Here you will find more or less useful links to information about – or related to – the IBM 370 architecture Operating Systems, as well on the Hercules emulator. The Hercules emulator software emulates System/370 hardware on various computers / operating systems.
Hercules 370 emulator
- Jay Maynard’s Hercules emulator page (out of date)
- More up to date version of page, containing download to most recent 3.x Hercules and links to many Hercules sites including feature rich 4.x releases
- Rene Ferland’s site
- Mainframes tech help informational website
The abbreviation stands for Multiple Virtual Storage.
- Information about MVS
- MVS shutdown from console
- BSPPILOT, the MVS autopilot
- Tommy Sprinkle’s MVS 3.8 documentation
VM stands for Virtual Machine. VM basically is a control program (CP) that allows the user to define and use several virtual machines on the same hardware.
MTS stand for Michigan Terminal System.
- Mainframe Assembler Programming – Bill Qualls (Also provides an MS-DOS based assembly simulator
- Assembler Language Programming : The IBM System/360 and 370 – Struble, George
- Assembly Language Fundamentals, 360/370, OS/VS, DOS/VS – Yarmish, Rina & Yarmish, Joshua
- S/370 Assembler Tutorial
- 370 Assembly instruction code lists with information
- Java-based simulator compatible with the S/370 assembly language and later versions
- MS-Windows based IDE and Debugger designed to work with the above simulator
- Essentials of PL/I – Pollack, Seymour V; Sterling, Theodor D.,
- File management techniques – Claybrook, Billy G. (Billy Gene).
- Introduction to structured programming, using PL/I and SP/k – Conway,Richard Walter & David
- PL/I for business applications – Anderson, Mary Ellen
- PL/I for scientific programmers – Fike, C. T
- PL/I for programmers – Barnes, Robert Arthur.
- PL/I programming primer – Weinberg, Gerald M.
- PL/I structured programming – Hughes, Joan Kirkby.
- Structured programming in PL/I and PL/C : a problem-solving approach – Abel, Peter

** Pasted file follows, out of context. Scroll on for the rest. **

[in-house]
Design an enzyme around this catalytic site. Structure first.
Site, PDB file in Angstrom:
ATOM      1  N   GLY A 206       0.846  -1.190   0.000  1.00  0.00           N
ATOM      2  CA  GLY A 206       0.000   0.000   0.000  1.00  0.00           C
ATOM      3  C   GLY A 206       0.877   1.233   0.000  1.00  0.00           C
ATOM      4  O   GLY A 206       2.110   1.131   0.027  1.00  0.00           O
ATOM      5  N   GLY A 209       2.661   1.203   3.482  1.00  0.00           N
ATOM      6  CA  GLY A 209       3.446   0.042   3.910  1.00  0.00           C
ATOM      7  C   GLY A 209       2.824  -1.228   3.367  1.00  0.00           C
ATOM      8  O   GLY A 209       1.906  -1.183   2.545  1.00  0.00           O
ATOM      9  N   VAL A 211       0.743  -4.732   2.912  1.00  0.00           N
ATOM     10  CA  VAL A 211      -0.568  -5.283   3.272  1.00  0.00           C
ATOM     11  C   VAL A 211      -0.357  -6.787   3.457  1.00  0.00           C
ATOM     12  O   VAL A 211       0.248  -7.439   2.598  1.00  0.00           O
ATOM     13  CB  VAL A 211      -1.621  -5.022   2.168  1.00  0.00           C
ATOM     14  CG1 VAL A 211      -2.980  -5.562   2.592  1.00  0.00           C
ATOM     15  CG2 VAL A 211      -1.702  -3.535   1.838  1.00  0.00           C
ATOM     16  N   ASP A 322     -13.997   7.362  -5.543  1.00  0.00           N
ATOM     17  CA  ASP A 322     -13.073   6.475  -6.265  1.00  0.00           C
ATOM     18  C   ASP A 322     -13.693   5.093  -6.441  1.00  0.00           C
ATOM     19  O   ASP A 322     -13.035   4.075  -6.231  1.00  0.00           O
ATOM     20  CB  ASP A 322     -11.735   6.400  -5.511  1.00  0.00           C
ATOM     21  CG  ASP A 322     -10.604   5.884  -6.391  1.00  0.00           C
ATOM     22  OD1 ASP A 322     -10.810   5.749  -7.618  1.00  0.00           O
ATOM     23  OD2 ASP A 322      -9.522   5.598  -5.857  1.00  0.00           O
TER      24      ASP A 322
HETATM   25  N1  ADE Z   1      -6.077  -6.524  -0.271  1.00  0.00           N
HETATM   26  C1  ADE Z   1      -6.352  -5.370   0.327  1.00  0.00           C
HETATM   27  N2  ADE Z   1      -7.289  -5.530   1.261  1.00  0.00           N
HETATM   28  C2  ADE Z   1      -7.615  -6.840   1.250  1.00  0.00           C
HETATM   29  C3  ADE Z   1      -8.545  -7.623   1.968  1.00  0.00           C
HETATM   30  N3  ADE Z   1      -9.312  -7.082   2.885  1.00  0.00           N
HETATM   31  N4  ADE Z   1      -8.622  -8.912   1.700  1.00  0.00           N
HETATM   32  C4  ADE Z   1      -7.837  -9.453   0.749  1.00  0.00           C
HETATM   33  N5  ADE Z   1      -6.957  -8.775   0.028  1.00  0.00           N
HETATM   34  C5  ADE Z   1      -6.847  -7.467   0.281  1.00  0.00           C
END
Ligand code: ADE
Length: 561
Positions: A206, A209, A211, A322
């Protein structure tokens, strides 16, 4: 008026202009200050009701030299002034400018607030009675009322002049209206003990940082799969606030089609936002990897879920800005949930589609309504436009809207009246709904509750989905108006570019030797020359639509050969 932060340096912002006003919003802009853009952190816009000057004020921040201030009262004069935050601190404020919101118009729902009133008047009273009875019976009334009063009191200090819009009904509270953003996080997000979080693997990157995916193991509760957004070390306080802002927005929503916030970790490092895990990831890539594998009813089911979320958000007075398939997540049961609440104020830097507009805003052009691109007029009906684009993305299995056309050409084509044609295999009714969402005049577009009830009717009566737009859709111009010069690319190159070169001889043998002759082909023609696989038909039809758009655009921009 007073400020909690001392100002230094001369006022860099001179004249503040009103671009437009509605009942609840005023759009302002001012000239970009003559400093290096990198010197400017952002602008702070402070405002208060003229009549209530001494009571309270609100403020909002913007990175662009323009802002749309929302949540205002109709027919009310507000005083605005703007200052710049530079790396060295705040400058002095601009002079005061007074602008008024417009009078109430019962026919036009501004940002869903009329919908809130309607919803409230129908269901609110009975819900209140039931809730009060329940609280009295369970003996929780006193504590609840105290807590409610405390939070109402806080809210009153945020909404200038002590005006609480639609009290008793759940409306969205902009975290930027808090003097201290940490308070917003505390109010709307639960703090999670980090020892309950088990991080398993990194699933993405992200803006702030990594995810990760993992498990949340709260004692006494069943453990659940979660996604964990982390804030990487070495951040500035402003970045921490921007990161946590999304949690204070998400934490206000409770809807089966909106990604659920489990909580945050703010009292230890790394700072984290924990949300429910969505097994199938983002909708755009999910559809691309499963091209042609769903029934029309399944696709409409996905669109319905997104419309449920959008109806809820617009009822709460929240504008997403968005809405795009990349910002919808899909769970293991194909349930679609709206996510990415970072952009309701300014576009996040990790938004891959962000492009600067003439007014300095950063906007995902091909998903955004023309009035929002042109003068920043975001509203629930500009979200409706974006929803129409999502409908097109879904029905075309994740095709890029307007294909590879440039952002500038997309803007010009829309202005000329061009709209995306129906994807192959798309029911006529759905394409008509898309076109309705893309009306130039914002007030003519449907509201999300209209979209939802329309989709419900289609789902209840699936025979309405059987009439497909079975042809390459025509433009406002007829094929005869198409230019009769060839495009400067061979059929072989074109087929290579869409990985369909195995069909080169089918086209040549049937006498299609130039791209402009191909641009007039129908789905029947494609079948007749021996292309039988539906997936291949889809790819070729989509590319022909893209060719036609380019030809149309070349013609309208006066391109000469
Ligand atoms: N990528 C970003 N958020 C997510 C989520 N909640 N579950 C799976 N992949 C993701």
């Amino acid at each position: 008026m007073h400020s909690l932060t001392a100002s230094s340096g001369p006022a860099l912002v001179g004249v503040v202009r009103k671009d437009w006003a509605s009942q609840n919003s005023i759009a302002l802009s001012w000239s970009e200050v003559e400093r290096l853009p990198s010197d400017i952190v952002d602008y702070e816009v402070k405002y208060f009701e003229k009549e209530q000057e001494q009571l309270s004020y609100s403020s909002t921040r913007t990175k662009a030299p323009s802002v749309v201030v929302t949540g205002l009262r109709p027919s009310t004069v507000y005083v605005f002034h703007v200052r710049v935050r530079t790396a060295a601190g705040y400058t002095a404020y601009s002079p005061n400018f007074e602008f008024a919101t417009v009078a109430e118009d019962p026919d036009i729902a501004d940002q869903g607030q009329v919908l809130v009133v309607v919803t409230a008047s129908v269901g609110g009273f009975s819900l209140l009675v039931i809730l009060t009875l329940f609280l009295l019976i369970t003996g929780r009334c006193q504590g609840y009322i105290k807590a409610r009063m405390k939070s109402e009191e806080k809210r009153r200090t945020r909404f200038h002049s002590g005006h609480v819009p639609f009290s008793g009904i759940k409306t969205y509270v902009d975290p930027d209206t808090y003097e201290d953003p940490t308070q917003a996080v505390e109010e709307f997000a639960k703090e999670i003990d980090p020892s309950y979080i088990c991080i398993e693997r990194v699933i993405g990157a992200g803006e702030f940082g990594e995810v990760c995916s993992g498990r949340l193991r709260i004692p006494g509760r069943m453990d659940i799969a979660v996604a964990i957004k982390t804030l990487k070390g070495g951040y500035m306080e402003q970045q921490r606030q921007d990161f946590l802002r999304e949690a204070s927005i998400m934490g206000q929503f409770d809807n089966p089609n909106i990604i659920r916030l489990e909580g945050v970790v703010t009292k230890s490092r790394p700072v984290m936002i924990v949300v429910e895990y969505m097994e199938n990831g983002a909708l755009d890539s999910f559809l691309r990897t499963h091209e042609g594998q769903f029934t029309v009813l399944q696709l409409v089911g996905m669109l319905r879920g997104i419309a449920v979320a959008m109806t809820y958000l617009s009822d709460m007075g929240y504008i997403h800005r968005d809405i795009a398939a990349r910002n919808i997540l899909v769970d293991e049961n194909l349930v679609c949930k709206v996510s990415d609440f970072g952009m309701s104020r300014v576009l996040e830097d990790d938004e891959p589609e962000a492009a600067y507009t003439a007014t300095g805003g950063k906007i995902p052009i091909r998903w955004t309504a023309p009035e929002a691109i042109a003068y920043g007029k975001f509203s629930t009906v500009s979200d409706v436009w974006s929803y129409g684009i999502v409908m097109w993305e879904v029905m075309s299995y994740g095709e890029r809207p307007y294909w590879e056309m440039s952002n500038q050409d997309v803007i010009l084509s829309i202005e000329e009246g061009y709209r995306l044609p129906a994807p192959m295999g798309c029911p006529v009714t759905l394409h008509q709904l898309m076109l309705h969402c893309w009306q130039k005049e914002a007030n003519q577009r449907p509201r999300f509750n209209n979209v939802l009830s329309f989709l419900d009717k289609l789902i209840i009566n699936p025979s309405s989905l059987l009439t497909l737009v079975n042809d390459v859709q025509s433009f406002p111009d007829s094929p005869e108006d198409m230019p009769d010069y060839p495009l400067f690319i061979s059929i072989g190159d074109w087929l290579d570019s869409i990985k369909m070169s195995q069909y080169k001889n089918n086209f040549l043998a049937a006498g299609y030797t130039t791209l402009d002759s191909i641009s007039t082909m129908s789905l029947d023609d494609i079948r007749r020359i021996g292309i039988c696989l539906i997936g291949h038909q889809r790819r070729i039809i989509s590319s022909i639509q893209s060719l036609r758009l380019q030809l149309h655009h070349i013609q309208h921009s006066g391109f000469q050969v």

Rexx is the de-facto scripting language on the mainframe, with implementations on z/VM, z/OS, MUSIC/SP and their predecessors. It originated as a one-man project of Michael F. Cowlishaw, starting in 1979 on VM. In CMS, Rexx became the followup language to EXEC and EXEC2. In VM/SP it was adopted as the official System Interpreter Product and it has been in all VM releases afterward. Around 1988 it appeared in MVS/TSO and alternative implementations on other platforms appeared.
VM/370 was the platform Rexx was initially developed on, but it never knew an official installation, as the product was passed around the VNET network in the early days. Pressure from customers, for example SLAC, lead to its status of official program product. REX, as the first releases were called, became REXX under pressure of IBM Legal; the department feared legal action by a competing, unrelated REX piece of software. In the modern VM/370 “Sixpack” distribution, BREXX (written in C) takes the place of the original, assembler written Rexx implementation.
Ray Mansell and Les Koehler are traditionally mentioned as the first users of Rexx. On VM, the combination of Rexx and Pipelines is particularly powerful.
In the 1990 Rexx was enhanced to support an object-oriented programming model, Object Rexx, designed by a team lead by Simon Nash. Implementations for TSO and VM were scrapped however, and the decision to open source the Linux (and Windows NT) version was postponed from 1995 to 2005; this was damaging to the uptake of the product. Open Object Rexx is maintained by The Rexx Language Association and has implementations for Windows, Linux and macOS. It also runs on AIX and Solaris.
- GitHub repository of the brexx classic rexx implementation
- GitHub repository of the brexx370 optimized rexx implementation